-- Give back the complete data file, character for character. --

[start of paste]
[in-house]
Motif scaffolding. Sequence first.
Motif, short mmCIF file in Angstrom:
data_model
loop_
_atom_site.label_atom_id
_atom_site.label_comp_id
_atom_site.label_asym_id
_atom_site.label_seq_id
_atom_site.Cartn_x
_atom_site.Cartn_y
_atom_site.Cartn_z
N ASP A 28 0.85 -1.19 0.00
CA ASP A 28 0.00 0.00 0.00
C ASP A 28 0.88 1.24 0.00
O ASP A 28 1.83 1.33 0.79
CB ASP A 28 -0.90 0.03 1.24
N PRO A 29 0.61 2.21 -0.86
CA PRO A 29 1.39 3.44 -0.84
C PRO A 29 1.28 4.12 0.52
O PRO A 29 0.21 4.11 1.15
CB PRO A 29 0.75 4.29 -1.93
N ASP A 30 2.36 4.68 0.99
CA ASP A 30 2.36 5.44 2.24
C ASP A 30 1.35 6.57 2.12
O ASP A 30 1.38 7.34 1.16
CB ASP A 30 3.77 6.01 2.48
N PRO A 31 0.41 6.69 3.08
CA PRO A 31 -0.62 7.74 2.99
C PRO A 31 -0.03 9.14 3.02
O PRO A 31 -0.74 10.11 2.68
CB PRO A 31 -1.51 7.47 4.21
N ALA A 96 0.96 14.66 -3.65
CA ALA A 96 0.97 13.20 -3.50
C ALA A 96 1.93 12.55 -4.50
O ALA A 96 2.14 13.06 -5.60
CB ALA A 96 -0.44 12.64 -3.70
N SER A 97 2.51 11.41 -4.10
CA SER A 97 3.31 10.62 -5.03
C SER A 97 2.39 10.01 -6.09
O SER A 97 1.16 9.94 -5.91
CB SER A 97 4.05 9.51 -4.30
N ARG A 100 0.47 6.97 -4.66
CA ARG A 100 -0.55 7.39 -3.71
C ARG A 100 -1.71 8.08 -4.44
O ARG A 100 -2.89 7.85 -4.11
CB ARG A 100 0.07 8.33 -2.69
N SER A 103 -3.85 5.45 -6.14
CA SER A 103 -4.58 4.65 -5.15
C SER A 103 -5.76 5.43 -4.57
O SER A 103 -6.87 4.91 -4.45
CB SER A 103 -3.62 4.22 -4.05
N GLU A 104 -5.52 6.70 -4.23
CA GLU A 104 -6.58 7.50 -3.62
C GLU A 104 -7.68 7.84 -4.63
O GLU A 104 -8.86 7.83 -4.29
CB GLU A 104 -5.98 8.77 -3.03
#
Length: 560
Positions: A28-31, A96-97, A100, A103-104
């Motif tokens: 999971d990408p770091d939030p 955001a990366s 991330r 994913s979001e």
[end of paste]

[in-house]
Motif scaffolding. Sequence first.
Motif, short mmCIF file in Angstrom:
data_model
loop_
_atom_site.label_atom_id
_atom_site.label_comp_id
_atom_site.label_asym_id
_atom_site.label_seq_id
_atom_site.Cartn_x
_atom_site.Cartn_y
_atom_site.Cartn_z
N ASP A 28 0.85 -1.19 0.00
CA ASP A 28 0.00 0.00 0.00
C ASP A 28 0.88 1.24 0.00
O ASP A 28 1.83 1.33 0.79
CB ASP A 28 -0.90 0.03 1.24
N PRO A 29 0.61 2.21 -0.86
CA PRO A 29 1.39 3.44 -0.84
C PRO A 29 1.28 4.12 0.52
O PRO A 29 0.21 4.11 1.15
CB PRO A 29 0.75 4.29 -1.93
N ASP A 30 2.36 4.68 0.99
CA ASP A 30 2.36 5.44 2.24
C ASP A 30 1.35 6.57 2.12
O ASP A 30 1.38 7.34 1.16
CB ASP A 30 3.77 6.01 2.48
N PRO A 31 0.41 6.69 3.08
CA PRO A 31 -0.62 7.74 2.99
C PRO A 31 -0.03 9.14 3.02
O PRO A 31 -0.74 10.11 2.68
CB PRO A 31 -1.51 7.47 4.21
N ALA A 96 0.96 14.66 -3.65
CA ALA A 96 0.97 13.20 -3.50
C ALA A 96 1.93 12.55 -4.50
O ALA A 96 2.14 13.06 -5.60
CB ALA A 96 -0.44 12.64 -3.70
N SER A 97 2.51 11.41 -4.10
CA SER A 97 3.31 10.62 -5.03
C SER A 97 2.39 10.01 -6.09
O SER A 97 1.16 9.94 -5.91
CB SER A 97 4.05 9.51 -4.30
N ARG A 100 0.47 6.97 -4.66
CA ARG A 100 -0.55 7.39 -3.71
C ARG A 100 -1.71 8.08 -4.44
O ARG A 100 -2.89 7.85 -4.11
CB ARG A 100 0.07 8.33 -2.69
N SER A 103 -3.85 5.45 -6.14
CA SER A 103 -4.58 4.65 -5.15
C SER A 103 -5.76 5.43 -4.57
O SER A 103 -6.87 4.91 -4.45
CB SER A 103 -3.62 4.22 -4.05
N GLU A 104 -5.52 6.70 -4.23
CA GLU A 104 -6.58 7.50 -3.62
C GLU A 104 -7.68 7.84 -4.63
O GLU A 104 -8.86 7.83 -4.29
CB GLU A 104 -5.98 8.77 -3.03
#
Length: 560
Positions: A28-31, A96-97, A100, A103-104
């Motif tokens: 999971d990408p770091d939030p 955001a990366s 991330r 994913s979001e």